They’re meaningful to the media company too, but they’re not as significant as the opportunity for it to grow globally and pursue its direct-to-consumer streaming objectives. That’s why we’re choosing to separate these companies and expose them to the market in different ways.
We’ll continue to do great business with each other and continue to distribute products on the media company’s behalf, but that won’t necessarily be an exclusive relationship. The communications company will have an opportunity to think about other distribution relationships it might want to have going forward, sometimes in media, sometimes in other products and services.
I’ve been getting a ton of emails this week from Barron’s readers, many of them income investors, who are predominantly invested in AT&T stock for its dividend. Many of them aren’t interested in having a streaming growth story in a separate stock. They just count on their quarterly dividend payment to live off of in their retirement. What’s your message to that constituency of AT&T shareholders who are disappointed by the dividend reduction portion of this week’s announcement?
The reset dividend will still be incredibly attractive relative to other dividend opportunities in the market. I would expect it will still be in the 95th percentile of dividend yields.
The size of the company is changing. We’re separating off 35% of the company [in WarnerMedia,] and also a portion of the [DirecTV] satellite business. You have to resize the dividend when you change the size of the company. That investor can certainly take their equity [in the media company]—I believe they’ll see the recognition of the value of it once it enters the public market and it trades up—and move out of that into a yield-oriented investment. They’ll certainly have the option to do that.
It’s also entirely possible we may choose to offer an exchange to our shareholders as well, in which they can choose to exchange stock in a different way. We haven’t made any final decisions on that, that would be made closer to the close of the transaction.
Another criticism that some folks have had this week is that the announced spinoffs of DirecTV earlier this year and now WarnerMedia—both big acquisitions by AT&T in the prior decade—are evidence that the portfolio strategy was a failure. Can you respond to that?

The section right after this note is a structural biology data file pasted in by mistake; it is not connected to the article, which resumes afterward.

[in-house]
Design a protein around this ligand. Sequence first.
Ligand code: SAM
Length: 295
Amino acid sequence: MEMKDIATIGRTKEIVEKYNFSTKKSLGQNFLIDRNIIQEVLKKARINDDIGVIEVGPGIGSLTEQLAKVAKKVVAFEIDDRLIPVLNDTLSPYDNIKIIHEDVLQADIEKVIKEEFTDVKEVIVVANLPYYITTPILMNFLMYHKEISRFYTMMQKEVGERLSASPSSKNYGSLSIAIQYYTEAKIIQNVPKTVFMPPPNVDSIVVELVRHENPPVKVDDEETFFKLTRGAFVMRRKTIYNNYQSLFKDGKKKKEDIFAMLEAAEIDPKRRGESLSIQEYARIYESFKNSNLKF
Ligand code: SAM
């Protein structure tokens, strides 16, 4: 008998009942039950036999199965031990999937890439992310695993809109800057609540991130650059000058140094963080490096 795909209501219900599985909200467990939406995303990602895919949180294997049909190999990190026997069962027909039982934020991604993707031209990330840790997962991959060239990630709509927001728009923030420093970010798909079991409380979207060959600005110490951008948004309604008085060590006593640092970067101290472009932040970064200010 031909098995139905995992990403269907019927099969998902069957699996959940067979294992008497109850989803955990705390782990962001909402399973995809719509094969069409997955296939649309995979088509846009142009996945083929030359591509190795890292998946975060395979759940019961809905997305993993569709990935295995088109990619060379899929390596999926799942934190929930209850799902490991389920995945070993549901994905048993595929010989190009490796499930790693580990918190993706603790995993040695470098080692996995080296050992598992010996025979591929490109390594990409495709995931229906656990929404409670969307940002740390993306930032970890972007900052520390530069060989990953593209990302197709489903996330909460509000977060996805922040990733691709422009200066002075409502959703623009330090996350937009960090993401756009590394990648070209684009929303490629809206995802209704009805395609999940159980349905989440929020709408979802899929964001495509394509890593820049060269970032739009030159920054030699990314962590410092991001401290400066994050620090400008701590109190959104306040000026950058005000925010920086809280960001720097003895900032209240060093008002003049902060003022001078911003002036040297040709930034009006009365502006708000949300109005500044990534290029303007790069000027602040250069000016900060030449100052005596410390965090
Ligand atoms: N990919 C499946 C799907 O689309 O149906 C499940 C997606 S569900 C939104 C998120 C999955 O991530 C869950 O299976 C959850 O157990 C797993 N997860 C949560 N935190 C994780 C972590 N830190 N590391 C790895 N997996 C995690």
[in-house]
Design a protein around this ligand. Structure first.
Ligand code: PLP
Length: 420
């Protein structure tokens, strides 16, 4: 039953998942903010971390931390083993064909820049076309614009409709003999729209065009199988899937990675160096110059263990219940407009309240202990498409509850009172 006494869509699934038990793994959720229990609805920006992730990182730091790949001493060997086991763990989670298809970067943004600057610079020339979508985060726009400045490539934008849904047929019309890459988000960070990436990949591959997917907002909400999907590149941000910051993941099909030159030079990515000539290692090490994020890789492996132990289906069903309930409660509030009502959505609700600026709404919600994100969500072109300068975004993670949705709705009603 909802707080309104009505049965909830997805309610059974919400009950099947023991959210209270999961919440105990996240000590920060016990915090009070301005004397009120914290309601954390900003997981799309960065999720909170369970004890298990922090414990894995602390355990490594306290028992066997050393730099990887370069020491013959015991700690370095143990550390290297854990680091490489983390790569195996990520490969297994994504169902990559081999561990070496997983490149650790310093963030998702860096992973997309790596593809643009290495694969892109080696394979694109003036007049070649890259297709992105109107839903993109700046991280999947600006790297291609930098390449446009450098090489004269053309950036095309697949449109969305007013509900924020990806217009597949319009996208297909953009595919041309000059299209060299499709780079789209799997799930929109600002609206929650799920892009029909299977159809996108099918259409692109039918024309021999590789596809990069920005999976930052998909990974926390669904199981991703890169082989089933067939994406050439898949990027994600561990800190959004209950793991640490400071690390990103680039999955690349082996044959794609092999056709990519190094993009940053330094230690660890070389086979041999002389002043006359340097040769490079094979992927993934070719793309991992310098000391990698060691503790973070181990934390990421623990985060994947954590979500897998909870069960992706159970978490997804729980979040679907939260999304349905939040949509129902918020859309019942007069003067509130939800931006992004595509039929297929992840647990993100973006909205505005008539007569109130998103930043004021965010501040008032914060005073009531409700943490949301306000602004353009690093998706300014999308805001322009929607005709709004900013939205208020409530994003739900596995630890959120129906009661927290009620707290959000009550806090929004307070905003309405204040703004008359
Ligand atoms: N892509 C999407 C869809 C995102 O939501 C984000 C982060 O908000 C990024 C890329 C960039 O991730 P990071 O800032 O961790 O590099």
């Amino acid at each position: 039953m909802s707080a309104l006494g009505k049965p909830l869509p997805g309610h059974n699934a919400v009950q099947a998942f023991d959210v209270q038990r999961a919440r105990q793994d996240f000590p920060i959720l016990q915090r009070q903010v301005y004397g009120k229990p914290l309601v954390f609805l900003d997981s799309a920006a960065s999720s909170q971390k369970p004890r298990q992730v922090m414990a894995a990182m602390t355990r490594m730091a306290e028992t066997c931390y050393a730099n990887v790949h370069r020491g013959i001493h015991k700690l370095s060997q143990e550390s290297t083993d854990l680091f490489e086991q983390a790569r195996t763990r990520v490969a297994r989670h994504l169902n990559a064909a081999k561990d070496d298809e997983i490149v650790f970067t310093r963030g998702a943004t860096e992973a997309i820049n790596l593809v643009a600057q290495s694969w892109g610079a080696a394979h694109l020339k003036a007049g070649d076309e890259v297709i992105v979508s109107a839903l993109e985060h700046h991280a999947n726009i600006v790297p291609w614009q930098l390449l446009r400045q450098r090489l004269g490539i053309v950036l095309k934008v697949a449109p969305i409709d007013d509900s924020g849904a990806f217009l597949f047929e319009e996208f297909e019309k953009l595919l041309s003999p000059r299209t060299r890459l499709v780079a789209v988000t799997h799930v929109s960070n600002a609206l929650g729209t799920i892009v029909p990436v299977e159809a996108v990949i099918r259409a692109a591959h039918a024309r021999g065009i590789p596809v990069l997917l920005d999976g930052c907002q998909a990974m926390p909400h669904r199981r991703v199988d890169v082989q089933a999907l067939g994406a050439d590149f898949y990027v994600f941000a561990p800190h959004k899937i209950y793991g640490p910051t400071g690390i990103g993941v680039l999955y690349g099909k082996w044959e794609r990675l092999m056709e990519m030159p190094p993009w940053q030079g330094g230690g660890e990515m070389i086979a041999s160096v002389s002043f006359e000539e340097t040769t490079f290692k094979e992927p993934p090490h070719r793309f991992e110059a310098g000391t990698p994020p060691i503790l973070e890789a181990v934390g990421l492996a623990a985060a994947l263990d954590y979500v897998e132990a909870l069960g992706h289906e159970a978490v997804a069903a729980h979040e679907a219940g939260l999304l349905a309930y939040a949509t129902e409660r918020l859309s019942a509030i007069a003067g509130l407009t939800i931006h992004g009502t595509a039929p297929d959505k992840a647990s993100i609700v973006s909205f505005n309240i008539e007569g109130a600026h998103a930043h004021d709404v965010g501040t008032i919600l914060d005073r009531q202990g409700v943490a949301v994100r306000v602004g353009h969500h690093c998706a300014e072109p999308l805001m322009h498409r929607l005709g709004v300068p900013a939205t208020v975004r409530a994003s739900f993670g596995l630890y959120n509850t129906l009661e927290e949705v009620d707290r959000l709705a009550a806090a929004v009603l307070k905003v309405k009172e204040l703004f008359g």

I don’t think it was a failure. I think the decisions are a recognition that circumstances have changed. Generating the right kind of returns for shareholders going forward requires us to make an adjustment. I’m not suggesting that I would rather not be in this position. But it’s my job to make sure I evaluate the circumstances around us and when circumstances change, I have to be cognizant of that.
In terms of how it’s worked out, the enterprise value [of the Time Warner acquisition] in 2018 was about $100 billion. Now there’s $43 billion of cash coming back to AT&T, and the WarnerMedia equity value at the time that we announced the transaction was in the $58 billion range. Plus, we took probably $16 billion of cash out of the media business in the past three years and sold about $5 billion of assets. So, that’s well over the roughly $100 billion that we paid.
And if we are correct, when this equity trades, the suppressed value of the media asset being contained within the lower multiple AT&T stock should improve, and it should trade at a higher multiple. That will unlock further value.
I don’t think I would call that a failure on a straight economic basis. I’m disappointed that we didn’t have the longevity of the strategy we envisioned and there are certainly issues of distraction. You could probably argue there might have been some opportunity cost issues. But failure is too strong of a word.
Do you have a name yet for the new WarnerMedia/Discovery media company?
will be making that decision, and I think he intends to disclose it fairly soon. I don’t want to steal his thunder on that.